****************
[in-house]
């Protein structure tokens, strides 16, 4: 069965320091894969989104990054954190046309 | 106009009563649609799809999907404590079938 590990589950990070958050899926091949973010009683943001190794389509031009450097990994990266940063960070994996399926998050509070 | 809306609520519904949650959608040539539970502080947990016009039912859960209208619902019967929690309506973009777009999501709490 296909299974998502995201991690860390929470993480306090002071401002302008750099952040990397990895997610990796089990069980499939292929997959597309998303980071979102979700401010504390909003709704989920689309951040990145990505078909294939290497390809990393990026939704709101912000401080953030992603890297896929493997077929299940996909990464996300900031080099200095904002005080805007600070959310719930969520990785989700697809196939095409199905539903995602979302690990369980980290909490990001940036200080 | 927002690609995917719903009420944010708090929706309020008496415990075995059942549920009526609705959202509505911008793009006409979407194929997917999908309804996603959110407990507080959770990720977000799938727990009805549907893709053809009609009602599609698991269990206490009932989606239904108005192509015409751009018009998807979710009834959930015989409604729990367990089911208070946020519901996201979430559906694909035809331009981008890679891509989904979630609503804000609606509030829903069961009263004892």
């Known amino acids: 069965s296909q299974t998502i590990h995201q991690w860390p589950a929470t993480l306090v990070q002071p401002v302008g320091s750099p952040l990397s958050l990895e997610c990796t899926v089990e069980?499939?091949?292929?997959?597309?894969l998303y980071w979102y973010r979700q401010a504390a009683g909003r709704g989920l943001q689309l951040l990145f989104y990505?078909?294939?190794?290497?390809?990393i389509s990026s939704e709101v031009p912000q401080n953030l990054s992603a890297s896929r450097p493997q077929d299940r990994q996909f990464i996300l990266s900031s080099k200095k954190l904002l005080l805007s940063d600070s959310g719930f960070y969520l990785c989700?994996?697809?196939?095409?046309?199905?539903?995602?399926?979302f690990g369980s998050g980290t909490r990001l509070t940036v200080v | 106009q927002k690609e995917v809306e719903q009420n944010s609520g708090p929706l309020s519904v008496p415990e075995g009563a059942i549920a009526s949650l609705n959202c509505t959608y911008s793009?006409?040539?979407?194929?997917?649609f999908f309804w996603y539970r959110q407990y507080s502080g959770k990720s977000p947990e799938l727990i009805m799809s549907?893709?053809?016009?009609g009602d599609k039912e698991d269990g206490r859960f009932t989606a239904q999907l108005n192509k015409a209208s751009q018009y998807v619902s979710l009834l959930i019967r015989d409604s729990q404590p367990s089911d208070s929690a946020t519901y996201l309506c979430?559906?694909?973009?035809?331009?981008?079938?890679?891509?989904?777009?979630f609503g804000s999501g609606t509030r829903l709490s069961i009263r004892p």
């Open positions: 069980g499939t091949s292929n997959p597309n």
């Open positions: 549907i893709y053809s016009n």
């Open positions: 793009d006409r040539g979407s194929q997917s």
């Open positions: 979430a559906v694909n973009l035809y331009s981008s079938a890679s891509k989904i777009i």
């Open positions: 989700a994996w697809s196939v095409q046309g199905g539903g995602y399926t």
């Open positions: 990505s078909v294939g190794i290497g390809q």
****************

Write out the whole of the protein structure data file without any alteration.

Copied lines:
[in-house]
């Protein structure tokens, strides 16, 4: 069965320091894969989104990054954190046309 | 106009009563649609799809999907404590079938 590990589950990070958050899926091949973010009683943001190794389509031009450097990994990266940063960070994996399926998050509070 | 809306609520519904949650959608040539539970502080947990016009039912859960209208619902019967929690309506973009777009999501709490 296909299974998502995201991690860390929470993480306090002071401002302008750099952040990397990895997610990796089990069980499939292929997959597309998303980071979102979700401010504390909003709704989920689309951040990145990505078909294939290497390809990393990026939704709101912000401080953030992603890297896929493997077929299940996909990464996300900031080099200095904002005080805007600070959310719930969520990785989700697809196939095409199905539903995602979302690990369980980290909490990001940036200080 | 927002690609995917719903009420944010708090929706309020008496415990075995059942549920009526609705959202509505911008793009006409979407194929997917999908309804996603959110407990507080959770990720977000799938727990009805549907893709053809009609009602599609698991269990206490009932989606239904108005192509015409751009018009998807979710009834959930015989409604729990367990089911208070946020519901996201979430559906694909035809331009981008890679891509989904979630609503804000609606509030829903069961009263004892």
């Known amino acids: 069965s296909q299974t998502i590990h995201q991690w860390p589950a929470t993480l306090v990070q002071p401002v302008g320091s750099p952040l990397s958050l990895e997610c990796t899926v089990e069980?499939?091949?292929?997959?597309?894969l998303y980071w979102y973010r979700q401010a504390a009683g909003r709704g989920l943001q689309l951040l990145f989104y990505?078909?294939?190794?290497?390809?990393i389509s990026s939704e709101v031009p912000q401080n953030l990054s992603a890297s896929r450097p493997q077929d299940r990994q996909f990464i996300l990266s900031s080099k200095k954190l904002l005080l805007s940063d600070s959310g719930f960070y969520l990785c989700?994996?697809?196939?095409?046309?199905?539903?995602?399926?979302f690990g369980s998050g980290t909490r990001l509070t940036v200080v | 106009q927002k690609e995917v809306e719903q009420n944010s609520g708090p929706l309020s519904v008496p415990e075995g009563a059942i549920a009526s949650l609705n959202c509505t959608y911008s793009?006409?040539?979407?194929?997917?649609f999908f309804w996603y539970r959110q407990y507080s502080g959770k990720s977000p947990e799938l727990i009805m799809s549907?893709?053809?016009?009609g009602d599609k039912e698991d269990g206490r859960f009932t989606a239904q999907l108005n192509k015409a209208s751009q018009y998807v619902s979710l009834l959930i019967r015989d409604s729990q404590p367990s089911d208070s929690a946020t519901y996201l309506c979430?559906?694909?973009?035809?331009?981008?079938?890679?891509?989904?777009?979630f609503g804000s999501g609606t509030r829903l709490s069961i009263r004892p």
């Open positions: 069980g499939t091949s292929n997959p597309n």
């Open positions: 549907i893709y053809s016009n």
């Open positions: 793009d006409r040539g979407s194929q997917s």
């Open positions: 979430a559906v694909n973009l035809y331009s981008s079938a890679s891509k989904i777009i």
């Open positions: 989700a994996w697809s196939v095409q046309g199905g539903g995602y399926t």
């Open positions: 990505s078909v294939g190794i290497g390809q």